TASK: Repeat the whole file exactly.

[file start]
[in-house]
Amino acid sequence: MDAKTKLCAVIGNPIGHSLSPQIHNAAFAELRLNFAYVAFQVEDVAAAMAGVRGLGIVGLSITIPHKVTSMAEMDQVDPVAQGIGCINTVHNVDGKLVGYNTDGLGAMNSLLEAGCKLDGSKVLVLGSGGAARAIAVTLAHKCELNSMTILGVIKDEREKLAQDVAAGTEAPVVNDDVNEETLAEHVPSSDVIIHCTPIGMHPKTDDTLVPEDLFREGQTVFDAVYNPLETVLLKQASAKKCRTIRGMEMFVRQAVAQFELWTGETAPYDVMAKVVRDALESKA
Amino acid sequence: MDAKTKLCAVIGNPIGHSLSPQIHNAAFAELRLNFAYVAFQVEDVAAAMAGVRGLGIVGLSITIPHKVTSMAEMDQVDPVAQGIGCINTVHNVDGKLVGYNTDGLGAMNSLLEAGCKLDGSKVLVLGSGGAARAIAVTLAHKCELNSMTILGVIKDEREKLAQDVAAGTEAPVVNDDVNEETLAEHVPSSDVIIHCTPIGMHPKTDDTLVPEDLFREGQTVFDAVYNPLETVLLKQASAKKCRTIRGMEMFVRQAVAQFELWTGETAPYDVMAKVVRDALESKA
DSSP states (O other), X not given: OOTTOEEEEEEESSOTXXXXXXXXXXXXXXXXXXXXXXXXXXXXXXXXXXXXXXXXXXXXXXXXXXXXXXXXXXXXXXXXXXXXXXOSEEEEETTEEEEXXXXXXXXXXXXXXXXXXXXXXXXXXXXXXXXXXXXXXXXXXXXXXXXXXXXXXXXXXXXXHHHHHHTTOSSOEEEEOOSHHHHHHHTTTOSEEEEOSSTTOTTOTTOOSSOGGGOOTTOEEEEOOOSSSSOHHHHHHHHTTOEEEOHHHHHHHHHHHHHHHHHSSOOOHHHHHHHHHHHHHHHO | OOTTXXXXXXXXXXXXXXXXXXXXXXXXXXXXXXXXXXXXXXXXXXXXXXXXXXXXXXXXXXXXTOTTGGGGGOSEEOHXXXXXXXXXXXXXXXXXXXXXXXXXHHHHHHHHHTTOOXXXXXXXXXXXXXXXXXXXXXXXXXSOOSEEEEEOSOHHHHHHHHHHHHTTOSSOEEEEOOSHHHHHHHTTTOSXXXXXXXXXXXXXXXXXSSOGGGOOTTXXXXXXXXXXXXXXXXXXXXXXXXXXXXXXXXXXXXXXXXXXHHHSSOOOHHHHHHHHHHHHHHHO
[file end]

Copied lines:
[in-house]
Amino acid sequence: MDAKTKLCAVIGNPIGHSLSPQIHNAAFAELRLNFAYVAFQVEDVAAAMAGVRGLGIVGLSITIPHKVTSMAEMDQVDPVAQGIGCINTVHNVDGKLVGYNTDGLGAMNSLLEAGCKLDGSKVLVLGSGGAARAIAVTLAHKCELNSMTILGVIKDEREKLAQDVAAGTEAPVVNDDVNEETLAEHVPSSDVIIHCTPIGMHPKTDDTLVPEDLFREGQTVFDAVYNPLETVLLKQASAKKCRTIRGMEMFVRQAVAQFELWTGETAPYDVMAKVVRDALESKA
Amino acid sequence: MDAKTKLCAVIGNPIGHSLSPQIHNAAFAELRLNFAYVAFQVEDVAAAMAGVRGLGIVGLSITIPHKVTSMAEMDQVDPVAQGIGCINTVHNVDGKLVGYNTDGLGAMNSLLEAGCKLDGSKVLVLGSGGAARAIAVTLAHKCELNSMTILGVIKDEREKLAQDVAAGTEAPVVNDDVNEETLAEHVPSSDVIIHCTPIGMHPKTDDTLVPEDLFREGQTVFDAVYNPLETVLLKQASAKKCRTIRGMEMFVRQAVAQFELWTGETAPYDVMAKVVRDALESKA
DSSP states (O other), X not given: OOTTOEEEEEEESSOTXXXXXXXXXXXXXXXXXXXXXXXXXXXXXXXXXXXXXXXXXXXXXXXXXXXXXXXXXXXXXXXXXXXXXXOSEEEEETTEEEEXXXXXXXXXXXXXXXXXXXXXXXXXXXXXXXXXXXXXXXXXXXXXXXXXXXXXXXXXXXXXHHHHHHTTOSSOEEEEOOSHHHHHHHTTTOSEEEEOSSTTOTTOTTOOSSOGGGOOTTOEEEEOOOSSSSOHHHHHHHHTTOEEEOHHHHHHHHHHHHHHHHHSSOOOHHHHHHHHHHHHHHHO | OOTTXXXXXXXXXXXXXXXXXXXXXXXXXXXXXXXXXXXXXXXXXXXXXXXXXXXXXXXXXXXXTOTTGGGGGOSEEOHXXXXXXXXXXXXXXXXXXXXXXXXXHHHHHHHHHTTOOXXXXXXXXXXXXXXXXXXXXXXXXXSOOSEEEEEOSOHHHHHHHHHHHHTTOSSOEEEEOOSHHHHHHHTTTOSXXXXXXXXXXXXXXXXXSSOGGGOOTTXXXXXXXXXXXXXXXXXXXXXXXXXXXXXXXXXXXXXXXXXXHHHSSOOOHHHHHHHHHHHHHHHO